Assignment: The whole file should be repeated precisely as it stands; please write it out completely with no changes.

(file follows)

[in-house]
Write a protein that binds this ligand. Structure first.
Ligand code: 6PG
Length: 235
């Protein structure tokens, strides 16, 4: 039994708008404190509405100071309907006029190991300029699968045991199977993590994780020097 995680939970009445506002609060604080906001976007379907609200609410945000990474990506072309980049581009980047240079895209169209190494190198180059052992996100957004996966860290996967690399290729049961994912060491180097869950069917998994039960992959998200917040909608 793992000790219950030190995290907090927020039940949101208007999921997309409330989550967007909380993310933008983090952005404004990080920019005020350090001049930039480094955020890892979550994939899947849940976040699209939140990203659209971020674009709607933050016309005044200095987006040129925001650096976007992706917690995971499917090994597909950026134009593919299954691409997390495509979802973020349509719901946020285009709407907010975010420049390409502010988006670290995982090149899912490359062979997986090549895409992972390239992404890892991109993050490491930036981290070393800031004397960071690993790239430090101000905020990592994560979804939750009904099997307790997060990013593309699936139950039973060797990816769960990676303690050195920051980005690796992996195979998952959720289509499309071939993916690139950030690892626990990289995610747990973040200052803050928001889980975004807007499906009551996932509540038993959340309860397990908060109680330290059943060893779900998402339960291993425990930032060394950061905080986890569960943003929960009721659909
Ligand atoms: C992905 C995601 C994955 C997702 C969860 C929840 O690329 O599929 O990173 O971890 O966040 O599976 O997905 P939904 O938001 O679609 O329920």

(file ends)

[in-house]
Write a protein that binds this ligand. Structure first.
Ligand code: 6PG
Length: 235
């Protein structure tokens, strides 16, 4: 039994708008404190509405100071309907006029190991300029699968045991199977993590994780020097 995680939970009445506002609060604080906001976007379907609200609410945000990474990506072309980049581009980047240079895209169209190494190198180059052992996100957004996966860290996967690399290729049961994912060491180097869950069917998994039960992959998200917040909608 793992000790219950030190995290907090927020039940949101208007999921997309409330989550967007909380993310933008983090952005404004990080920019005020350090001049930039480094955020890892979550994939899947849940976040699209939140990203659209971020674009709607933050016309005044200095987006040129925001650096976007992706917690995971499917090994597909950026134009593919299954691409997390495509979802973020349509719901946020285009709407907010975010420049390409502010988006670290995982090149899912490359062979997986090549895409992972390239992404890892991109993050490491930036981290070393800031004397960071690993790239430090101000905020990592994560979804939750009904099997307790997060990013593309699936139950039973060797990816769960990676303690050195920051980005690796992996195979998952959720289509499309071939993916690139950030690892626990990289995610747990973040200052803050928001889980975004807007499906009551996932509540038993959340309860397990908060109680330290059943060893779900998402339960291993425990930032060394950061905080986890569960943003929960009721659909
Ligand atoms: C992905 C995601 C994955 C997702 C969860 C929840 O690329 O599929 O990173 O971890 O966040 O599976 O997905 P939904 O938001 O679609 O329920």